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  • An Exercise Paradox


    Posted by .(JavaScript must be enabled to view this email address)
    Sunday, March 16, 2014 11:56 am Email this article

    Most people and all doctors believe that physical exercise makes you live longer. There is no evidence for this idea. In longitudinal studies, people who exercise more tend to live longer, true, but in studies where long-lived people were interviewed, the long-lifers were no more likely to have exercised than anyone else. In fact, they were less likely to have exercised.

    This apparent paradox is a consequence of the healthy survivor effect, i.e. the people who were more healthy to begin with were the ones most likely to exercise.  Notice, that does not imply that the exercise itself made them more healthy.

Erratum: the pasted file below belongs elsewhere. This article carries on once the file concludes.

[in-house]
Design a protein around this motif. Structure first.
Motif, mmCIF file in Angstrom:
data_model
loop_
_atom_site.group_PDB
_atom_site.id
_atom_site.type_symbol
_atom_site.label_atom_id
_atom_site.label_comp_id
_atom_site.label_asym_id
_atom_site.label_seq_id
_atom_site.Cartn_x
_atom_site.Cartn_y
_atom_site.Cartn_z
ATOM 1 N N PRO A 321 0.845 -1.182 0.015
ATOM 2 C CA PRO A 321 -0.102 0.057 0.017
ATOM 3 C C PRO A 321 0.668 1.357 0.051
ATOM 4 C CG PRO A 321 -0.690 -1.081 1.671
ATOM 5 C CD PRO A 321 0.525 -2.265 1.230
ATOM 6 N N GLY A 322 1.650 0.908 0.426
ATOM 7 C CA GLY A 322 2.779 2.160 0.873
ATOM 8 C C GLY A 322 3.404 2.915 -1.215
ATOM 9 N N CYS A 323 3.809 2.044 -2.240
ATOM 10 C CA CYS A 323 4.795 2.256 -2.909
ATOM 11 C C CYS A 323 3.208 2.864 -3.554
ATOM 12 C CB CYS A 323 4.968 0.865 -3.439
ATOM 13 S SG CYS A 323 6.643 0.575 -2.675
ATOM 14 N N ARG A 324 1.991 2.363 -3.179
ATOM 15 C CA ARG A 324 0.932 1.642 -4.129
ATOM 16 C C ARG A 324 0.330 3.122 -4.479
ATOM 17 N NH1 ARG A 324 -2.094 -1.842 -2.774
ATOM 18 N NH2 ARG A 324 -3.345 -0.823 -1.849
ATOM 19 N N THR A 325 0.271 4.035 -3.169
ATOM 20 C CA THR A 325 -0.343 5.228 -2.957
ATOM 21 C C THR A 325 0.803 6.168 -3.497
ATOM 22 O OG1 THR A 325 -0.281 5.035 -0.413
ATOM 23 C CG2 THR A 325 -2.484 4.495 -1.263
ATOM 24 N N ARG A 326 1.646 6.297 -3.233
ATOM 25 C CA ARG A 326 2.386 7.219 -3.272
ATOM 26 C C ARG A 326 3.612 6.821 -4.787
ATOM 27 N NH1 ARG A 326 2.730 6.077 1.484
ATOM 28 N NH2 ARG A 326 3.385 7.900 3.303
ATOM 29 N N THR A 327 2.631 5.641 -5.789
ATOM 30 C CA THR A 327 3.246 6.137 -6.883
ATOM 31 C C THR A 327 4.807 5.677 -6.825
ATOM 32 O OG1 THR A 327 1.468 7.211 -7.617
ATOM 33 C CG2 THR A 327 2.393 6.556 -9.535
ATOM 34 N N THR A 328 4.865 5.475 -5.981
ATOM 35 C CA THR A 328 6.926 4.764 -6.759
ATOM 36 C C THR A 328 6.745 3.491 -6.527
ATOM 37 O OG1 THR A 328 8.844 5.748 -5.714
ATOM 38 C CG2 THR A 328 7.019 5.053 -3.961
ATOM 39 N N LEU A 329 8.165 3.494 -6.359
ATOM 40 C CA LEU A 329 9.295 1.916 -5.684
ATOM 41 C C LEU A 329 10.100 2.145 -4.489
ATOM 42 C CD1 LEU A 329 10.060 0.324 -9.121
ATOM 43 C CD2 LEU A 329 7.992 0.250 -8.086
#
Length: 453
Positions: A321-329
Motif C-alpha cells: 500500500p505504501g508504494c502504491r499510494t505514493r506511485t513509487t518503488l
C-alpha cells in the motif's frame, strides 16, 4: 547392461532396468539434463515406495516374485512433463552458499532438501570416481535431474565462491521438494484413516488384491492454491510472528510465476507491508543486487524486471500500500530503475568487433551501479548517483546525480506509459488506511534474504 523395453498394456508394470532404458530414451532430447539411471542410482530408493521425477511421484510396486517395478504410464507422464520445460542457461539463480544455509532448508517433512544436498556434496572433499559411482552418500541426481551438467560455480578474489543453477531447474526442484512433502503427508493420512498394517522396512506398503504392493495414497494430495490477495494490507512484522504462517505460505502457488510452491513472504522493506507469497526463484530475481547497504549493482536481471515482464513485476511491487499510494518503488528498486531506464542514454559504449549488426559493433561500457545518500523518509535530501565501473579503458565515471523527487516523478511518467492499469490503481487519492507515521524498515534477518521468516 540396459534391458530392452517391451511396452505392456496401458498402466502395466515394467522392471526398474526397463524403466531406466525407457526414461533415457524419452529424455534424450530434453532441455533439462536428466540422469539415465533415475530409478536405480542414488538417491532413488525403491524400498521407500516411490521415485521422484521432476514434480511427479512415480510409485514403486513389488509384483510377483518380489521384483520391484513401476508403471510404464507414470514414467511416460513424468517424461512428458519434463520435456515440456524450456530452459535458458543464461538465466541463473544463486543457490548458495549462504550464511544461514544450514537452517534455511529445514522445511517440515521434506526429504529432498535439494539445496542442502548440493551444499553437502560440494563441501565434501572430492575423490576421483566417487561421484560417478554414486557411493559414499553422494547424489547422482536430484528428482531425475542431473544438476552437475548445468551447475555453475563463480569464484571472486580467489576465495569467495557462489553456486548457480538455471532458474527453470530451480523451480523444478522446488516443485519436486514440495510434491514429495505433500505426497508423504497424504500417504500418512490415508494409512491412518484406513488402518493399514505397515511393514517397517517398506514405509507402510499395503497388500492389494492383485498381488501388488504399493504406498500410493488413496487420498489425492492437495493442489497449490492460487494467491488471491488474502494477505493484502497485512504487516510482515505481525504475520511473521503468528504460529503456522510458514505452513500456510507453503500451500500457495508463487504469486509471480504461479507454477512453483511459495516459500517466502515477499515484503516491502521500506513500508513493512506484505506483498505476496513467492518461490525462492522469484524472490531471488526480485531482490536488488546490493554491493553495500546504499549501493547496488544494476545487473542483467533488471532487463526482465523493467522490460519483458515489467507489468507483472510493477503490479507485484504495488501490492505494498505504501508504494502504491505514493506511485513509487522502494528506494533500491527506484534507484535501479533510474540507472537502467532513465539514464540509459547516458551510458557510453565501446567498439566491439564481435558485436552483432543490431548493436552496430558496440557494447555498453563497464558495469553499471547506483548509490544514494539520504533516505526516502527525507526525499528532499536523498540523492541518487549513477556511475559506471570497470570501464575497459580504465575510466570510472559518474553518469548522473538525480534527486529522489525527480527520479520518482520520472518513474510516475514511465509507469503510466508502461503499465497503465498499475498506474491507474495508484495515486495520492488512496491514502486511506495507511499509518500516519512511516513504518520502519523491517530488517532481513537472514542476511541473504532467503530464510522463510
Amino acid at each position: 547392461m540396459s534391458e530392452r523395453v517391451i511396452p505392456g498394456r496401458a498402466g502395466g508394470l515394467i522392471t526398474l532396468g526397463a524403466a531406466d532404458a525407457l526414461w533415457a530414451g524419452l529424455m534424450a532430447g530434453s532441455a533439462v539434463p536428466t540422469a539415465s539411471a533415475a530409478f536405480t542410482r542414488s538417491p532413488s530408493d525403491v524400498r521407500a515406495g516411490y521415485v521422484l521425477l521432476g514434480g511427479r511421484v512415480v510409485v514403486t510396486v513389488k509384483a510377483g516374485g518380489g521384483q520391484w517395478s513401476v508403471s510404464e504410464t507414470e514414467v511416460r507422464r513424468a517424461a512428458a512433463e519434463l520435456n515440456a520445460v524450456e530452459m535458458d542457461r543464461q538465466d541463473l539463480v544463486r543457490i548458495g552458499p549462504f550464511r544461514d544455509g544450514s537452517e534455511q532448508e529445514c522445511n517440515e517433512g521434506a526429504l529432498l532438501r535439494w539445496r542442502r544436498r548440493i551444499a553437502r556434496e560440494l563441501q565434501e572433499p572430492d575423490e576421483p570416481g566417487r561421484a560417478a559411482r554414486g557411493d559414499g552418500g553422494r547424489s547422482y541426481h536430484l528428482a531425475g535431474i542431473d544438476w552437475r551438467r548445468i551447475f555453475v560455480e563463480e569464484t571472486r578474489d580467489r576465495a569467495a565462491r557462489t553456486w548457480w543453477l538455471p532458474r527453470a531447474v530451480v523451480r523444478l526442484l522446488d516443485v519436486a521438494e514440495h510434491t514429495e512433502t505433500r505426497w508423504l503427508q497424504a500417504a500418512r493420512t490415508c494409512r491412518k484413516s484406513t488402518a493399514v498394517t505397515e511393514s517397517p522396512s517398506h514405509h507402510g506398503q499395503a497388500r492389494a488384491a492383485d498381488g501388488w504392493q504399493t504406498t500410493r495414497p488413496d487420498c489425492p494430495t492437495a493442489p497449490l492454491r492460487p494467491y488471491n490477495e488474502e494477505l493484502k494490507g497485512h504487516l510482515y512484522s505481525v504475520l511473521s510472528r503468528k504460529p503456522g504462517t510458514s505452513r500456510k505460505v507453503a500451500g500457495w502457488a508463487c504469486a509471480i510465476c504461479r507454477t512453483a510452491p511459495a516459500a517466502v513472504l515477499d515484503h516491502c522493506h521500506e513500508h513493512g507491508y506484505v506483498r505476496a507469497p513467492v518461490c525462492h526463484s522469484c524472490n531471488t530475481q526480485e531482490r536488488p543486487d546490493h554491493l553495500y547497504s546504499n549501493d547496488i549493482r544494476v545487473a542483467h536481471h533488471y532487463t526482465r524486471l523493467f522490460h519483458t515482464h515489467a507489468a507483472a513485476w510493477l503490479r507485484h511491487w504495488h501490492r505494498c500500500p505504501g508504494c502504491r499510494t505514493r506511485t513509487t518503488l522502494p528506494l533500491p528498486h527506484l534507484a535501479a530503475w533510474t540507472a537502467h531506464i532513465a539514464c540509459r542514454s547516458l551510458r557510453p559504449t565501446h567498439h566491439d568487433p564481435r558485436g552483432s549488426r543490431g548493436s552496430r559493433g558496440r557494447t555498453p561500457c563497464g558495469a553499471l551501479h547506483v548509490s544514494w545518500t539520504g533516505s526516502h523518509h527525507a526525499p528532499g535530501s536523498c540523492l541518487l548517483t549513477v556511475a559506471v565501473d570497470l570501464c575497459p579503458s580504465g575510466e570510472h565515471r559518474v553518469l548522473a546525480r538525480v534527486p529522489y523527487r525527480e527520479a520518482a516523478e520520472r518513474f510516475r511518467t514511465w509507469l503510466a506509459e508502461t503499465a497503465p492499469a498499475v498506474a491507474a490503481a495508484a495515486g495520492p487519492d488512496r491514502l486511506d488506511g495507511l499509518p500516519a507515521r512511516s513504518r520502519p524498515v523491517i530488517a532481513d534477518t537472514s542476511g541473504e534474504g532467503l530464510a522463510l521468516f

It’s an example of the reckless tendency to believe that association implies causation. Please learn that just because A and B occur together, does not mean A causes B. 

    Other examples.  A. People with type 2 diabetes have high blood sugar.  B. People with type 2 diabetes have more heart attacks. But you cannot assume that lowering blood sugar in type 2 diabetics reduces the chance of a heart attack. In fact, it doesn't. The ACCORD trial in 1992 showed it didn't.

    Ditto high blood pressure.

    Ditto high cholesterol.

    The only way to know for sure whether exercise extends life is to do a randomized controlled trial. Assign people randomly to an exercise group or a control group and follow them over time to see how many in each group live longer. Such a study has never been done.

    Articles on the same subject can be found here:


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